3 min read
This post is a bit challenging to write, partly because the concept of 'construct' is hard to explain (for me), and partly because construct validity is so central to discussions of validity in the literature.
When I started blogging about validity, I wrote that we can take the concept to mean asking the question 'does the test measure what it's supposed to measure?' We can now think a bit further as to what is actually being measured by tests. A test can only measure things that can be observed.
Say we are attempting to figure out a student's writing ability (maybe your typical school composition kind of writing). We can't actually directly measure your construct -- that mysterious, abstract ability called 'writing' -- but we do have an idea as to what it looks like. To try to fully assess it we might look at all the things that make up the ability we know as 'writing'. These are the kind of things that you will find in your marking rubric (they are there because we think that they are signs a person is good or bad at writing): organisation, grammar, vocabulary, punctuation, spelling, etc.
So we look at what we are measuring when we assess writing, and ask ourselves if these things do indeed comprehensively make up the ability we know as 'writing'. Is anything missing (construct underrepresentation)? Is there anything there that shouldn't be there because it has nothing to do with writing per se (construct irrelevance)? Imagine a writing test that didn't include marking for 'grammar', or one that required you to do a lot of difficult reading before you write. Certainly you can test writing in either of these ways, but you'd need to be clear as to what your construct is, how it differs from the more commonly understood construct of 'writing' and why. You could argue for a construct of reading+writing based on research findings, for example.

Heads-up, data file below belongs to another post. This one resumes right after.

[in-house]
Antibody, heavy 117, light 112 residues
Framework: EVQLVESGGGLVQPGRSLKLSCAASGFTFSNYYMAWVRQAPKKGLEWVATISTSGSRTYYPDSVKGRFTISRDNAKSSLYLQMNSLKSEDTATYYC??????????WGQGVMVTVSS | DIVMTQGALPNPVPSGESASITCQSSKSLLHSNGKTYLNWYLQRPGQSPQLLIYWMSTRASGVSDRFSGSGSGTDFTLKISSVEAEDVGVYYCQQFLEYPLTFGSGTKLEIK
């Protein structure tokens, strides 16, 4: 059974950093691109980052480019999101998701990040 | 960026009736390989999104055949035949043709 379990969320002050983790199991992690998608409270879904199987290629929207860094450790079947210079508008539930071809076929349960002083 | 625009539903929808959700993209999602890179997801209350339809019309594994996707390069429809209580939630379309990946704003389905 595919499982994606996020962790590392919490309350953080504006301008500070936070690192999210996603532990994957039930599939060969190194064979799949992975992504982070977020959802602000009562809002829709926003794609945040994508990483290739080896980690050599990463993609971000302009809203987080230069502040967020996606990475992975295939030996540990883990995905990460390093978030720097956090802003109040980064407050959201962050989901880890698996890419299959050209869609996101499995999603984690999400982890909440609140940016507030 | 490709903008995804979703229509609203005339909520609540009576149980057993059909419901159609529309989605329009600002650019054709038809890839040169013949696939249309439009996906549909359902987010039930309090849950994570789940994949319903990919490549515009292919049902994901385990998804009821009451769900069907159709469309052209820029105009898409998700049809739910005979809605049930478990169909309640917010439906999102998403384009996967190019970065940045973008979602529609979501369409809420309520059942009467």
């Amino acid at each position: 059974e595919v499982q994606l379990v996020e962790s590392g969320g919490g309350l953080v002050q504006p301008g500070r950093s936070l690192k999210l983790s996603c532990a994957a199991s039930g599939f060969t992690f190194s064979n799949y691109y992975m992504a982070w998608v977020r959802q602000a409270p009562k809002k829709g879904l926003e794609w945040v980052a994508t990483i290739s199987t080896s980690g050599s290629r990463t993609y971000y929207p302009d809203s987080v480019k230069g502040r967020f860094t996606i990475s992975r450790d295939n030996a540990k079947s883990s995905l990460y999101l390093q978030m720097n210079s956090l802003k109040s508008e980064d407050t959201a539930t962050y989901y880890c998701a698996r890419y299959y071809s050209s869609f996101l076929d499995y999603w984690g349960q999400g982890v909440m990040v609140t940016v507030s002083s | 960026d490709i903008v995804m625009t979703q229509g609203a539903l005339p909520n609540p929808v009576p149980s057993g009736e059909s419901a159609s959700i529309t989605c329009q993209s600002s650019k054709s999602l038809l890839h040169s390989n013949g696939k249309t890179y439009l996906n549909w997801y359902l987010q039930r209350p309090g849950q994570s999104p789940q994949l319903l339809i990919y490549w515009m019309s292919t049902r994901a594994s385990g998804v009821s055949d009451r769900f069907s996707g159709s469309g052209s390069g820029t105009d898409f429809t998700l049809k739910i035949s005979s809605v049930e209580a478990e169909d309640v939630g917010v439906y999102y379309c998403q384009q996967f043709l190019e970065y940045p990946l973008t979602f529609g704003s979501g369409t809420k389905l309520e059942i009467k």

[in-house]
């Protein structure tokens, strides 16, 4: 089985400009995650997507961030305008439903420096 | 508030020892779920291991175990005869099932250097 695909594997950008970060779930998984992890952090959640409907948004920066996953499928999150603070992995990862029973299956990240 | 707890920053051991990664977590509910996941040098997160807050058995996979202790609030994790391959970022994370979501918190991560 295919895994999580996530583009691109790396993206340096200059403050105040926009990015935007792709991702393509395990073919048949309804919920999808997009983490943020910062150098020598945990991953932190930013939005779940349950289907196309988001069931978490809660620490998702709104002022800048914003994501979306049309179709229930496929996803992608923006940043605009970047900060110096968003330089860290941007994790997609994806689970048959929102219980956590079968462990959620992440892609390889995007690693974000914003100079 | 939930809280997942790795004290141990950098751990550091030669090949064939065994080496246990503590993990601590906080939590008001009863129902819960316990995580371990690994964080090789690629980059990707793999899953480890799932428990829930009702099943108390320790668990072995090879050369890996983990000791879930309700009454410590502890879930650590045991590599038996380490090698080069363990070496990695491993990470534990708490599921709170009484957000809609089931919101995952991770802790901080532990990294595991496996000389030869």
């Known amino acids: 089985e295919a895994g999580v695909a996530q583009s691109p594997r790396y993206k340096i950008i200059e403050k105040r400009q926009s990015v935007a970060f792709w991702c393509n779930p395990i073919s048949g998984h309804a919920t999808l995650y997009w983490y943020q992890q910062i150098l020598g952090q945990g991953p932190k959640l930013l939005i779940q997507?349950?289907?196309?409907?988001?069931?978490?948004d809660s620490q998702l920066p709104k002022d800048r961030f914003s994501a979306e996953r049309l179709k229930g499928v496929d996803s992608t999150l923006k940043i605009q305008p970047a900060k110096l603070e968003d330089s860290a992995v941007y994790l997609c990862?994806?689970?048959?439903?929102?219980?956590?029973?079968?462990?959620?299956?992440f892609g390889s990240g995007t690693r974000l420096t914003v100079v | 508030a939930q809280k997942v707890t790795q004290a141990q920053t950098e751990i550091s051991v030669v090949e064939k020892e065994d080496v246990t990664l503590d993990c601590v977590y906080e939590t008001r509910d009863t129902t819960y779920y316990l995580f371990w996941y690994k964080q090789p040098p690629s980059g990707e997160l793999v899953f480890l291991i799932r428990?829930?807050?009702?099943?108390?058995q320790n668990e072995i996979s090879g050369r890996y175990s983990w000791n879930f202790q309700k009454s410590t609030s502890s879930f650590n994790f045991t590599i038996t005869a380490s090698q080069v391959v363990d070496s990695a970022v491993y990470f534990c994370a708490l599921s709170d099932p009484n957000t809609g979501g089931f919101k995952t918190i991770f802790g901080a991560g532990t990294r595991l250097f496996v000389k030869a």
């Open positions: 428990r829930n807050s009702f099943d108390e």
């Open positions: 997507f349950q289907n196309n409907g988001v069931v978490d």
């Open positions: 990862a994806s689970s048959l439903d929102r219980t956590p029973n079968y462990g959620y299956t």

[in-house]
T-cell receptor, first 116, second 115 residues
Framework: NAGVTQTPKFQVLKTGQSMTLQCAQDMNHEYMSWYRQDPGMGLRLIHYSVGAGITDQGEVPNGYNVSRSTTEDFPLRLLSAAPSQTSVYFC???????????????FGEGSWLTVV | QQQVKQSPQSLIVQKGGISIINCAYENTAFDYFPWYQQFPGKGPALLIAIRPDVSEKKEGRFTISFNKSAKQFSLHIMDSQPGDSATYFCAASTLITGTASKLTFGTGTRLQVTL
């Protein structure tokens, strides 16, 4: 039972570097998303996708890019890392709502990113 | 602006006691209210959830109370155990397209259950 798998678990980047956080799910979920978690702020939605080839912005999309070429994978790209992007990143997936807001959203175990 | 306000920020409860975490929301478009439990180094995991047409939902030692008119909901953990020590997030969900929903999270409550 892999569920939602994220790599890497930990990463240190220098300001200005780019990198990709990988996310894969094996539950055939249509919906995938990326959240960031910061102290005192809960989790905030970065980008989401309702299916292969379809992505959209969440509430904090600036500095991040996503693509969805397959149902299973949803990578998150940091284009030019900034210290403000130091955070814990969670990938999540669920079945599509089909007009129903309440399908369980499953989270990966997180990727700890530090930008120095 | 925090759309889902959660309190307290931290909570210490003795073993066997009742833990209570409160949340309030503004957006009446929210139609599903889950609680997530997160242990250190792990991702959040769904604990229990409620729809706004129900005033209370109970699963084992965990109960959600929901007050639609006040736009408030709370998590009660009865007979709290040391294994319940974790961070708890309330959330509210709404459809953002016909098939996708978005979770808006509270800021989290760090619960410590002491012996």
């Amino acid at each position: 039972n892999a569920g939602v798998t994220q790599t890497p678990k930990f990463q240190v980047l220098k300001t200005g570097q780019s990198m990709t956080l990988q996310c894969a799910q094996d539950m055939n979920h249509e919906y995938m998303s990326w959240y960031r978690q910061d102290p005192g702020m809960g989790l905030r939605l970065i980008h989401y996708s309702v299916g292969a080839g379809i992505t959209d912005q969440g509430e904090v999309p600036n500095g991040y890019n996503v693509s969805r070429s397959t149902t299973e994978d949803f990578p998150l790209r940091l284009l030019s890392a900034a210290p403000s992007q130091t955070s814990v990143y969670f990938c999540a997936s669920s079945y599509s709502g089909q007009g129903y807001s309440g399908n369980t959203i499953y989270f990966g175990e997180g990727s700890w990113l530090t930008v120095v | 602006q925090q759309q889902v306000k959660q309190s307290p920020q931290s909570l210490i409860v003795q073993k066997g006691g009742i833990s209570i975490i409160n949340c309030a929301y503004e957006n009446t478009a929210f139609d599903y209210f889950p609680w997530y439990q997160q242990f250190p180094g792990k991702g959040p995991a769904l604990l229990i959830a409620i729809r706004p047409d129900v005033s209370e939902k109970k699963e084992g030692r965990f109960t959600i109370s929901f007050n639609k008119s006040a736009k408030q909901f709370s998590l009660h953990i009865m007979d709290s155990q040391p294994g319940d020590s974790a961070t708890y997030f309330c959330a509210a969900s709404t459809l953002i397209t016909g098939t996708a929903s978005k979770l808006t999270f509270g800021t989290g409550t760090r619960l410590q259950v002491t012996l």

What I've written above is probably a gross over-simplification (maybe more so than usual). If you'd like a more technical explanation, I recommend JD Brown's article for JALT. It isn't long, and I love how it even includes, even if briefly, Messick's model of validity. This model is so important to our understanding of testing that I'm going to include here McNamara and Roever's (2006) interpretation of the model, in the hope that it might give you some food for thought over the long LNY weekend ;-)
Source: McNamara (2010)